The National Hockey League and Player’s Association are working through the July 4th holiday weekend to hammer out the last details of a new collective bargaining agreement. Reports indicate that the agreement will extend through the 2025-26 season, giving the league stability and labor peace through the beginning of the next US broadcast contract.
While the new agreement appears to be a compromise on both sides, it will pose different issues for each of the 31 NHL clubs depending on how their roster is currently situated. Based on the information that has been made available so far, the new CBA will pose some unexpected challenges for the Toronto Maple Leafs.
The salary cap is expected to stay flat at $81.5 Million for the next two seasons.
This will not be good news for Toronto, as they were hoping that the salary cap would go up over the next few years to allow for the re-signing of veterans like goalie Frederik Andersen, defenseman Morgan Rielly, and forward Zach Hyman or to add help on the blueline. The flat cap will likely force GM Kyle Dubas to make some difficult decisions, whether it be exposing a salaried player in the expansion draft or moving out someone like William Nylander, Kasperi Kapanen or Andreas Johnsson to make room in other areas.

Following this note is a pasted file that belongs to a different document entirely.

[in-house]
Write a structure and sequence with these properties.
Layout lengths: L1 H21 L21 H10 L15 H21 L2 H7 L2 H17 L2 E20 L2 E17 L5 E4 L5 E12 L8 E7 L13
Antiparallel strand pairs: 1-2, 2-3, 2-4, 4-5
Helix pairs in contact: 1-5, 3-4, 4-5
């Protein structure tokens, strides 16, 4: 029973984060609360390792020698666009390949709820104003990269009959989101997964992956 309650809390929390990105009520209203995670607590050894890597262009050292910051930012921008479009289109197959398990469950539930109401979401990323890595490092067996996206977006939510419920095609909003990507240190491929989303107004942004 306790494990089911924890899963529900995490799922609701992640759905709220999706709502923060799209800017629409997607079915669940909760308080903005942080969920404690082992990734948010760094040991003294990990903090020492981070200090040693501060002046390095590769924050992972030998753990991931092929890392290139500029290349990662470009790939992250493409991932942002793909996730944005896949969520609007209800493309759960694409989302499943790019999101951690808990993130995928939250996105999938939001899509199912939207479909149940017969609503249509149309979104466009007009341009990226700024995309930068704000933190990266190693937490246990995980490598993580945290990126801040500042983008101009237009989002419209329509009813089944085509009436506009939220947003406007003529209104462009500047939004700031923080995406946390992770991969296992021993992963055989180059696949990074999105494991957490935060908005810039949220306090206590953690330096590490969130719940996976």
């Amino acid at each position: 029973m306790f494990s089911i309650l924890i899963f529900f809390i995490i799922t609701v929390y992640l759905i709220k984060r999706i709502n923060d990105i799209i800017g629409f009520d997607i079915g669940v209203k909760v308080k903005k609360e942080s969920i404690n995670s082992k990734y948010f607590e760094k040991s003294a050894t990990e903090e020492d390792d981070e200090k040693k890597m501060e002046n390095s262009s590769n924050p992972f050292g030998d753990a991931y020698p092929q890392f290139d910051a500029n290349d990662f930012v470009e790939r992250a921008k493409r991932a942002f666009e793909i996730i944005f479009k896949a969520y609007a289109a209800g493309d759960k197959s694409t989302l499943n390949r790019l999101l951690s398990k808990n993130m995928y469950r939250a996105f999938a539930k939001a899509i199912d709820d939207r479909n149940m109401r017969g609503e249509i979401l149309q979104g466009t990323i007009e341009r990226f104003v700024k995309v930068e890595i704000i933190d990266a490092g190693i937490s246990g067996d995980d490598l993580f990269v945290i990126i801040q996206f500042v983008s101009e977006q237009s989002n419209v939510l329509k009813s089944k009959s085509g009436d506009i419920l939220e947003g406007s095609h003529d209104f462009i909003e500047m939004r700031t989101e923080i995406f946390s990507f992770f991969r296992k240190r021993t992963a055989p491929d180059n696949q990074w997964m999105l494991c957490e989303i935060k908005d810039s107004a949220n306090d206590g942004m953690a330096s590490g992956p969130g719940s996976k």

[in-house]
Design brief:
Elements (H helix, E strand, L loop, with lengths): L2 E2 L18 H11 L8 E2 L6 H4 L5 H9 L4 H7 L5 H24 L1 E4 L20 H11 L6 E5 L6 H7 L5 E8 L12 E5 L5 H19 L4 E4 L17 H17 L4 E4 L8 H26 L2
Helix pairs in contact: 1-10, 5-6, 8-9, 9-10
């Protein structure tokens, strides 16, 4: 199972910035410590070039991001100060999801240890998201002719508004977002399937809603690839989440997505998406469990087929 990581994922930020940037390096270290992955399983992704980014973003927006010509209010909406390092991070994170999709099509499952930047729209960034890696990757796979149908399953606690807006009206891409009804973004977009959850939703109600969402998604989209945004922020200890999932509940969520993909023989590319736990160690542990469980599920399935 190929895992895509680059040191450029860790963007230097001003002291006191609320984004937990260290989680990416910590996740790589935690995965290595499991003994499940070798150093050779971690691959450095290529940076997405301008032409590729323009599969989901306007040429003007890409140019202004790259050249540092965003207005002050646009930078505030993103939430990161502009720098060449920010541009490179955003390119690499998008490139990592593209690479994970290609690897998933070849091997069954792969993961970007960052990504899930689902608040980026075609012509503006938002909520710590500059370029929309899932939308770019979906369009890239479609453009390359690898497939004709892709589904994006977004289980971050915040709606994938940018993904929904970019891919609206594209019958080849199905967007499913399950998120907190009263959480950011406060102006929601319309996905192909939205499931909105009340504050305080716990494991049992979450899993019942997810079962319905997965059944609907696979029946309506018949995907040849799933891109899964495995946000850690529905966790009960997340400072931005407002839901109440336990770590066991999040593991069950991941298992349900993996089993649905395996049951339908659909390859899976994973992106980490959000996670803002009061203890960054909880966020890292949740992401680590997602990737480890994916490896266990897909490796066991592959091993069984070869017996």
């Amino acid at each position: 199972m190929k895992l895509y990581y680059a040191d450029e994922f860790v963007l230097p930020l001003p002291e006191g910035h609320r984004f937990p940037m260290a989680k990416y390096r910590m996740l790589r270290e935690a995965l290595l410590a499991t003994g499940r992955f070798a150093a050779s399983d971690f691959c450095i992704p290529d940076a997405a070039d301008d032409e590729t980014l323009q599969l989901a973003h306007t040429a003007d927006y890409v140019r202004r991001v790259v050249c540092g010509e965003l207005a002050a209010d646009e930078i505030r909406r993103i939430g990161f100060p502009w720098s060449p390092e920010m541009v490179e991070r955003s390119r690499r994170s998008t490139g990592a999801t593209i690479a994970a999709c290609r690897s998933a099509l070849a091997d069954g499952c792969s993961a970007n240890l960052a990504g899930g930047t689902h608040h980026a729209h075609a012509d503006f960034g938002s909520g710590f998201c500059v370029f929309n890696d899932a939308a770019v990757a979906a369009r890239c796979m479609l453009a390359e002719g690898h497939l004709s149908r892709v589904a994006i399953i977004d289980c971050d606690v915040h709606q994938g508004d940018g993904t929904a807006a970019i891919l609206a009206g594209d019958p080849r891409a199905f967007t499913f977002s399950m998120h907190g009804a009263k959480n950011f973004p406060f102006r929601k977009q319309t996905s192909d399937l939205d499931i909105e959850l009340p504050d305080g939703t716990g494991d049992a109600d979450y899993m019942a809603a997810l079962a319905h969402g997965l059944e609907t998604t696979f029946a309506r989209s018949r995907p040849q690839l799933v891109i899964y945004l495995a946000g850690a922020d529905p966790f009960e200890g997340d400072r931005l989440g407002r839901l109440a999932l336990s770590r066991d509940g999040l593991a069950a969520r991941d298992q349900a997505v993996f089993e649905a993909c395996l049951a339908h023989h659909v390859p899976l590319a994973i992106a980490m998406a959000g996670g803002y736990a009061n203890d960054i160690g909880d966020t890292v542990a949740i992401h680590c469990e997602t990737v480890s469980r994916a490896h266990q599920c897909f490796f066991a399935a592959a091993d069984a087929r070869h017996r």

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35 and older contracts do not count against the cap if the player retires before the end of the deal, provided the deals are flat or ascending in value.
This could be a valuable tool for the Leafs in the future if they want to add veterans as support players like Jason Spezza going forward. The club signed Spezza to a one-year contract last summer and after a successful season, they will likely bring him back on another short-term deal, but there would be little or no negative ramifications if they had signed him to a multi-year deal, since it would provide security on the player’s end and cost certainty on the players end.
No changes are planned to other types of contracts or to signing bonuses.
There were some indicators that the use of heavy signing bonuses would be curtailed or at least limited to a certain percentage of the average annual value in a new CBA. That practice has been used by the Leafs as a counter over the last few years to combat other clubs like Tampa Bay, Arizona, Nashville and Florida, who can offer a lower salary because they are located in US states with no state tax.
If there are no changes, even though the Leafs will be cap strapped over the next few seasons, they will be able to follow the practice of low base salary/high signing bonus as they have done with John Tavares, Mitch Marner, William Nylander, Auston Matthews, Alex Kerfoot, Andreas Johnsson, Kasperi Kapanen, and Jake Muzzin with Hyman, Andersen and Rielly and other free agents.
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